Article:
MOSCOW, July 7 (Xinhua) -- Prime Minister Dmitry Medvedev said Monday Russia and Serbia could sign agreements on the South Stream gas pipeline project "in the coming days," a major move towards Moscow's diversification of gas transit routes.
"The project is mutually beneficial ... We have made significant progress in the negotiations," Medvedev said after talks with his Serbian counterpart Aleksandar Vucic.
The South Stream project should not be politicized, a stance President Vladimir Putin had repeatedly voiced at various occasions, Medvedev said.
Vucic, for his part, said some technical issues remained but could be solved easily.
"We have four requests, our Russian friends agreed ... everything will be solved completely in the near future," RIA Novosti news agency quoted him as saying.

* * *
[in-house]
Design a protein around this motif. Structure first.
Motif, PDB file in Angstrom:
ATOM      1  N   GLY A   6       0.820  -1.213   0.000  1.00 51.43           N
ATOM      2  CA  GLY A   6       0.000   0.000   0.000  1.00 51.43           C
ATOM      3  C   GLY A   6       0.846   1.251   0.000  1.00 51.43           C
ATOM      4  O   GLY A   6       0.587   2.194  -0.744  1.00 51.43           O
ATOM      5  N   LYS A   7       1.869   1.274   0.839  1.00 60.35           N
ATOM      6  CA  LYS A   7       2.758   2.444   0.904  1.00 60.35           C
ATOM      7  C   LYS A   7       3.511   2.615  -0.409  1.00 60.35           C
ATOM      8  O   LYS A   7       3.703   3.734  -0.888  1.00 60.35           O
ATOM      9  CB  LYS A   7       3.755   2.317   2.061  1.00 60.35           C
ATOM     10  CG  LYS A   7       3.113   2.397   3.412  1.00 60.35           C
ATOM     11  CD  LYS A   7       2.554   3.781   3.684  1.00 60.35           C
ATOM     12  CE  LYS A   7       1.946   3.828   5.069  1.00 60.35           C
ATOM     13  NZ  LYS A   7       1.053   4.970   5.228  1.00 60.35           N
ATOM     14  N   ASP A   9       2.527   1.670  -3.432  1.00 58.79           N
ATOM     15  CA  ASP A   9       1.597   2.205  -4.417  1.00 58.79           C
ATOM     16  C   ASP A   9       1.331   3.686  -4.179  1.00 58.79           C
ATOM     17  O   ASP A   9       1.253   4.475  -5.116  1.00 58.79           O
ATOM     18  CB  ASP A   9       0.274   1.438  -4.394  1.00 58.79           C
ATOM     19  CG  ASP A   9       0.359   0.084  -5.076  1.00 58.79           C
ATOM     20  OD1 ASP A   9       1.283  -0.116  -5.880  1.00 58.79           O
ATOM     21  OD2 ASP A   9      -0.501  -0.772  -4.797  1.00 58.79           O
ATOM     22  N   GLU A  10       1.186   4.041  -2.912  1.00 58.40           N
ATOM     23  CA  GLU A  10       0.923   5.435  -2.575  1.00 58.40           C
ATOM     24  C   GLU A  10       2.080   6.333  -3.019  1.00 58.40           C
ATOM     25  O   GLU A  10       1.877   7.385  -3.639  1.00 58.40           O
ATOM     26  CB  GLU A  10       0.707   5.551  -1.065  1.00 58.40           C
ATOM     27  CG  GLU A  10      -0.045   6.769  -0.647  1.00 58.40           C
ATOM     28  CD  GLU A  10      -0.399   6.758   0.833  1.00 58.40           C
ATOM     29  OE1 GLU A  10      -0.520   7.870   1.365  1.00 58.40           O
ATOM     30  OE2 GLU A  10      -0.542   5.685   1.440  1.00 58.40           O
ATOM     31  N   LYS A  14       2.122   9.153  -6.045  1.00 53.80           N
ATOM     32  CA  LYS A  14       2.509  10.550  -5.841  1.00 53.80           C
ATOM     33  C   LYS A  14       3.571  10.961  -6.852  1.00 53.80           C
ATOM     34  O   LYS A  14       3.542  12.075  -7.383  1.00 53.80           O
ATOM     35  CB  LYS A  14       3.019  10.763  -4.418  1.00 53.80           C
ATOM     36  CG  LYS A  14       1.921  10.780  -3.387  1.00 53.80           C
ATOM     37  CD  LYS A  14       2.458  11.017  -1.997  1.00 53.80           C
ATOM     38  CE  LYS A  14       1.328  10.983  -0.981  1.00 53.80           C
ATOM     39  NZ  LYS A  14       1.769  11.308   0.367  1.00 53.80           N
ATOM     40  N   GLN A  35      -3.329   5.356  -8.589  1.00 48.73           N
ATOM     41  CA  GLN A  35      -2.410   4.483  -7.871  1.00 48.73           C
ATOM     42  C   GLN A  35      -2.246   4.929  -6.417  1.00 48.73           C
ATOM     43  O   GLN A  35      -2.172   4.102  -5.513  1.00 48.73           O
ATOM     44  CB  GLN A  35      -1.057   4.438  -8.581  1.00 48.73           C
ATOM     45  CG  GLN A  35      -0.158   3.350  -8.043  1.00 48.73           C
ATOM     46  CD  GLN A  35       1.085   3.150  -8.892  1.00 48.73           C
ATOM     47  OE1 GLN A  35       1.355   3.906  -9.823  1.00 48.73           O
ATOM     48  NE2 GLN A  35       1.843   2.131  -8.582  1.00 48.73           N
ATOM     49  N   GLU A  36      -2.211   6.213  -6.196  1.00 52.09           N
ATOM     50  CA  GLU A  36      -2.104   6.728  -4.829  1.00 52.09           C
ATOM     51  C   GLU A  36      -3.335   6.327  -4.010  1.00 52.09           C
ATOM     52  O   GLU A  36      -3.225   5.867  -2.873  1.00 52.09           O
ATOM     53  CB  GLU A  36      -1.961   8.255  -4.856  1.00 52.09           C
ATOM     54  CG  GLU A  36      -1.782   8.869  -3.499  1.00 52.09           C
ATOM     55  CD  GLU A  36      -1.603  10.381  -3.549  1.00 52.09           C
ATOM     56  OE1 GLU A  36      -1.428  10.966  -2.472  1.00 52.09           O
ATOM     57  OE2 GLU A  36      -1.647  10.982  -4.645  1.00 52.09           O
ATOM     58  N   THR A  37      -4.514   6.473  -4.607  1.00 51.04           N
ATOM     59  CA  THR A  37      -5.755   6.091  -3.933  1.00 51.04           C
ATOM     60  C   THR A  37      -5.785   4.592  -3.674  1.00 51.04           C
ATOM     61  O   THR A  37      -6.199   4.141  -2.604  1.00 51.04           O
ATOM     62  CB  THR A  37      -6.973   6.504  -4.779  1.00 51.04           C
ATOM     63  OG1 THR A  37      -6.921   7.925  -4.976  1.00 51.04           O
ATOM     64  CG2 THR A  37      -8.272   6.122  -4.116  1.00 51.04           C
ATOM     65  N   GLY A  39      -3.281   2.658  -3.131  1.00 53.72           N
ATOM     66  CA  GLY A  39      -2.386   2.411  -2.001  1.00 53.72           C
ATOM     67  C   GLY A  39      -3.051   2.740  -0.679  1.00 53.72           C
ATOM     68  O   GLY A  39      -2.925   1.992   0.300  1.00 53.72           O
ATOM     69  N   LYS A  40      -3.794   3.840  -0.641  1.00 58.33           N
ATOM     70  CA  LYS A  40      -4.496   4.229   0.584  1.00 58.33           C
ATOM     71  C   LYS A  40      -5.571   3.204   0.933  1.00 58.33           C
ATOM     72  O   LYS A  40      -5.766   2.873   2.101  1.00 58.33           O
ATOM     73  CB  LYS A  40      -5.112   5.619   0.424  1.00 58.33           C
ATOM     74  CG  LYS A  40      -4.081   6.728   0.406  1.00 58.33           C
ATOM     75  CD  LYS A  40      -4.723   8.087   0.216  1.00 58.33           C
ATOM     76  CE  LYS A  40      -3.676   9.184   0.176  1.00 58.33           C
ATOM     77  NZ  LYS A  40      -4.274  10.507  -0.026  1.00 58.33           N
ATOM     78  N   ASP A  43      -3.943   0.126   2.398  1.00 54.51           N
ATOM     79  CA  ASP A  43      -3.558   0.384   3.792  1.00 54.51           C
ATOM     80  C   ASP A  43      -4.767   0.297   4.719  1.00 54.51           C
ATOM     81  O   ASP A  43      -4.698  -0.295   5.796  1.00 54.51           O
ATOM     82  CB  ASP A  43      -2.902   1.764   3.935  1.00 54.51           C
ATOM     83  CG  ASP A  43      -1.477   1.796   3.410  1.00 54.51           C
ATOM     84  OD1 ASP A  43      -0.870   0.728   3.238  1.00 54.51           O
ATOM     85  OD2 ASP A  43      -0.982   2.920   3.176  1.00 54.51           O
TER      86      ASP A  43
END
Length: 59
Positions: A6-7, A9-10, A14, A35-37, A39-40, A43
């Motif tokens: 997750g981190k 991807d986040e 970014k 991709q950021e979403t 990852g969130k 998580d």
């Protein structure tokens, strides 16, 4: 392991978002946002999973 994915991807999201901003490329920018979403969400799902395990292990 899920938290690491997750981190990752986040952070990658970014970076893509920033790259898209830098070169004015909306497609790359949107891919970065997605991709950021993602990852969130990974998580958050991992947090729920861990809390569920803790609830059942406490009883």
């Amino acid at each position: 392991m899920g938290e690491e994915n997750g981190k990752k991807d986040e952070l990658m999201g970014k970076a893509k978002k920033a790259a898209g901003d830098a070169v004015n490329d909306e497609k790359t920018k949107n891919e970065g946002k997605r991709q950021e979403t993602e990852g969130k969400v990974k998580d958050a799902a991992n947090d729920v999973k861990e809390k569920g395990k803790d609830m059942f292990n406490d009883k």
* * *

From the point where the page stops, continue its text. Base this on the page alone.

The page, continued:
In mid-June, Moscow accused the European Commission of attempting to coerce some participants of the South Stream pipeline project into withdrawing cooperation with Russia.
Russian Energy Minister Alexander Novak then warned against the temptation to use geopolitical tools to change the balance between suppliers and clients, referring to Bulgaria, which has put the South Stream project on hold following a request from the European Commission.
The European Commission believed Russia's bilateral agreements with transit countries, namely Bulgaria, Serbia, Hungary and Slovenia, were in breach of the European Union's Third Energy Package, which regulates that companies involved in gas production cannot be long-distance pipeline owners.
The South Stream pipeline is aimed to deliver Russian natural gas across the Black Sea to South and Central Europe. The pipeline construction was launched in 2012 with the first deliveries expected in 2016, and it is expected to become fully operational in 2018.